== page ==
After taking two packages of the formula, his intestinal afflux had resolved. On follow up consultation with the patient in June, 1979, he reported that in the year since his recovery, there had been no relapse of the condition.


Wü méi wán (Mume Pill) is said to “govern enduring diarrhea”, yet in this case enduring diarrhea was not present.
Then why was this formula chosen?
Generally speaking in patterns of Jué yīn diarrhea there simply must be reversal. Enduring diarrhea is usually seen in patterns where there is a mixture of cold and heat, for which it is appropriate to use a combination of cooling and warming methods by mixing both cool and warm formulas.

This was not a case of enduring diarrhea, but was originally seen as a Jué yīn condition with both cold and heat signs present. Wü méi wán (Mume Pill) is a formula which cools, warms and supplements simultaneously. Acrid, sour, sweet and bitter flavours are all present in the formula. The formula was correct for this presentation and therefore by adapting to the original formula, we were able to obtain positive results.
In actual fact, Wü méi wán (Mume Pill) has been used by countless physicians of past and present to treat various disorders, especially diarrhea, and its use is continuously expanding.

Take the ‘Important Formulas Worth a Thousand Gold Pieces’ (千金方Qiān Jīn Fāng) for example, where it discusses Zhang Zhong-Jing’s concept of using wū méi (Mume Fructus) and huáng lián (Coptidis Rhizoma) in heat type diarrhea, combined with fù zǐ (Aconiti Radix), gān jiāng (Zingiberis Rhizoma), etc. in cases of deficient cold natured enduring diarrhea.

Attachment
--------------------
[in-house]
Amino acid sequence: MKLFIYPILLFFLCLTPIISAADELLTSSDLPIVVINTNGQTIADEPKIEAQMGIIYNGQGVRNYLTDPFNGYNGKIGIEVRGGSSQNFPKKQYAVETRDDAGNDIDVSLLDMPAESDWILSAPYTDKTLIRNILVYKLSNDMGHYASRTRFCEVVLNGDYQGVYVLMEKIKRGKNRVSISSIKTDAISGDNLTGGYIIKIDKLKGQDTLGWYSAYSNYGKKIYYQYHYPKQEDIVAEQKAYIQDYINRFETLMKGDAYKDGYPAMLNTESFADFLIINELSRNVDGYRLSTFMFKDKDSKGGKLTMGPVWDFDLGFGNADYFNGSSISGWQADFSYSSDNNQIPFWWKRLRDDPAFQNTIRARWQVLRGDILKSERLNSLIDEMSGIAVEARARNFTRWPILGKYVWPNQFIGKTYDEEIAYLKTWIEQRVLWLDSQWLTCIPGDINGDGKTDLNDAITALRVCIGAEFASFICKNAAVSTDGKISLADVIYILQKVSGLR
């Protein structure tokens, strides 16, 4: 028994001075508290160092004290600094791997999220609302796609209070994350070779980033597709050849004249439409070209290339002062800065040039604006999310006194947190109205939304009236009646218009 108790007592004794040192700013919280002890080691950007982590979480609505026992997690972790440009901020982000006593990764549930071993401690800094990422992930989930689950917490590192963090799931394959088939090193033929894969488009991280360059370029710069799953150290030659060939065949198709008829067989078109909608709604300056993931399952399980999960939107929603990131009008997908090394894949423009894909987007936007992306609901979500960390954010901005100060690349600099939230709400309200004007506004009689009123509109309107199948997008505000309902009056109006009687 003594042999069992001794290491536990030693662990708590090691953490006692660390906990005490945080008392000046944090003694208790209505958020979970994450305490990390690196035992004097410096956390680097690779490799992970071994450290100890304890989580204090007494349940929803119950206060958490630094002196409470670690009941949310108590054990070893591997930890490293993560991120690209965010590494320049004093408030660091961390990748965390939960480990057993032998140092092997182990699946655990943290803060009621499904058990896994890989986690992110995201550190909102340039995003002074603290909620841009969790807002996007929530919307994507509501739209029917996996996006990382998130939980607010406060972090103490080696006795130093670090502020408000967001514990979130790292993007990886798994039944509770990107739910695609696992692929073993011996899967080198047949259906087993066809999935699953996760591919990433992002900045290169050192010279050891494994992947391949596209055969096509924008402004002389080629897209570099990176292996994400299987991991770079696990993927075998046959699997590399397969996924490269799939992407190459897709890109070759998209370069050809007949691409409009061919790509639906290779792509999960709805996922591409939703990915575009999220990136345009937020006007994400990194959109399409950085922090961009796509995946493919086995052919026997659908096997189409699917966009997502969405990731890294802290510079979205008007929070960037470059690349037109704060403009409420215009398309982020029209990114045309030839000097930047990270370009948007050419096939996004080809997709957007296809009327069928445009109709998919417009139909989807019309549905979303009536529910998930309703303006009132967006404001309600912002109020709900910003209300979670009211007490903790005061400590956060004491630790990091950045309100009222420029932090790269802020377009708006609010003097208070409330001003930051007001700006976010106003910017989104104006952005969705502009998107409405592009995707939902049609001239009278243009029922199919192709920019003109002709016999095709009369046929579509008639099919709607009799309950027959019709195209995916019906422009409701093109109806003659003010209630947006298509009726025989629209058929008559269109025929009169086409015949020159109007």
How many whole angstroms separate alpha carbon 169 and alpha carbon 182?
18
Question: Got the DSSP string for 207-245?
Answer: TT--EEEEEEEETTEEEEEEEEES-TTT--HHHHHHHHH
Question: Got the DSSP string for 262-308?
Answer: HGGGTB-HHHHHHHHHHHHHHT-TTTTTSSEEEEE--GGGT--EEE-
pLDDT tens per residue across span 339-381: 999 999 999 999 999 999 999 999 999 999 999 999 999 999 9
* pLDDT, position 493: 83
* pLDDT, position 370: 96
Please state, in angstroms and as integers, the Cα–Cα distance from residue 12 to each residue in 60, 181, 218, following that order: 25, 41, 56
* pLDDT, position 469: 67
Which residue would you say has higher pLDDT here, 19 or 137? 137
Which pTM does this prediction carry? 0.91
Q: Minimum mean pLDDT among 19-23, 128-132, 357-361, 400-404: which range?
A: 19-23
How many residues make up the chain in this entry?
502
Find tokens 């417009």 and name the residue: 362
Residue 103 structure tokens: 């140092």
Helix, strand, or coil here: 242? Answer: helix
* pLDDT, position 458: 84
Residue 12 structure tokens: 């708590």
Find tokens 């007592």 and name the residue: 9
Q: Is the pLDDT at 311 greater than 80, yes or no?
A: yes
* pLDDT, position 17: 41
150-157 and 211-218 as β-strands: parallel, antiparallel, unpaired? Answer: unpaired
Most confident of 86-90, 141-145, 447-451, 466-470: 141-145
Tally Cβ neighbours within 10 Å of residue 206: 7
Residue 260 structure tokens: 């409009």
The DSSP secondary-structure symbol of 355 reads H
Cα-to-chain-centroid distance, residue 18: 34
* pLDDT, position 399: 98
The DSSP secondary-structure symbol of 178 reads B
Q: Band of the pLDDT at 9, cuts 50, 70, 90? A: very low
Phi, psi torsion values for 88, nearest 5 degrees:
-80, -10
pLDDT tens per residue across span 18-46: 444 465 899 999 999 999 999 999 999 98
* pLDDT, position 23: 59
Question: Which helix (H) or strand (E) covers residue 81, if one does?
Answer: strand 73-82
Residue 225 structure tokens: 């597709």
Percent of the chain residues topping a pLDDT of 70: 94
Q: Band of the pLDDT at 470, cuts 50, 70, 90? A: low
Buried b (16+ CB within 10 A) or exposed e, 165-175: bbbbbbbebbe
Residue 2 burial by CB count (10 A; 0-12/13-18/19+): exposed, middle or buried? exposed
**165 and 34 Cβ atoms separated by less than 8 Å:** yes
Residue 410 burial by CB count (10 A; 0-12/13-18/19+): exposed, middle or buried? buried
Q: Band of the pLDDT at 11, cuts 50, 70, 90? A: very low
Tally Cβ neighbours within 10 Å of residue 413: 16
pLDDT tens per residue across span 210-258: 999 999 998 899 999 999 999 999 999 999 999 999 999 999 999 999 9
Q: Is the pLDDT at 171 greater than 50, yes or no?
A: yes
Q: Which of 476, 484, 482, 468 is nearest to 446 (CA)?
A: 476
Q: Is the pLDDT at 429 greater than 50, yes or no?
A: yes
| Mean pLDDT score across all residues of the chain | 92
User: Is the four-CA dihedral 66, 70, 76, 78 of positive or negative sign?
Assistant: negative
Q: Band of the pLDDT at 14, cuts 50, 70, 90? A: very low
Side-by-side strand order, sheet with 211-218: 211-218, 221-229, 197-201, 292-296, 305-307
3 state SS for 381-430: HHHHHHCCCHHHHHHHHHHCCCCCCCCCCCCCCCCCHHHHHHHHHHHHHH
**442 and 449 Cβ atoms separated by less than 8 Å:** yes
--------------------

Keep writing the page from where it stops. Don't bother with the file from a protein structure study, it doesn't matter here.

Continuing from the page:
The ‘Comprehensive Recording of Divine Assistance’ (圣济总录 Shèng Jì Zŏng Lù), mentions Wü méi wán (Mume Pill) for the treatment of unceasing post-partum cold and heat type diarrhea.

In the ‘Standards for Diagnosis and Treatment’ (证治准绳 Zhèng Zhì Zhŭn Shéng), this formula is used for treating coughing issuing from the stomach and the vomiting of long worms.

The Japanese physician Zhì Jiān-Huàn says that generations of physicians have had great difficulties in treating stomach reflux, and that this is an extraordinary formula for treating this pattern. (quoted from the Initial Draft of Lectures on Cold damage).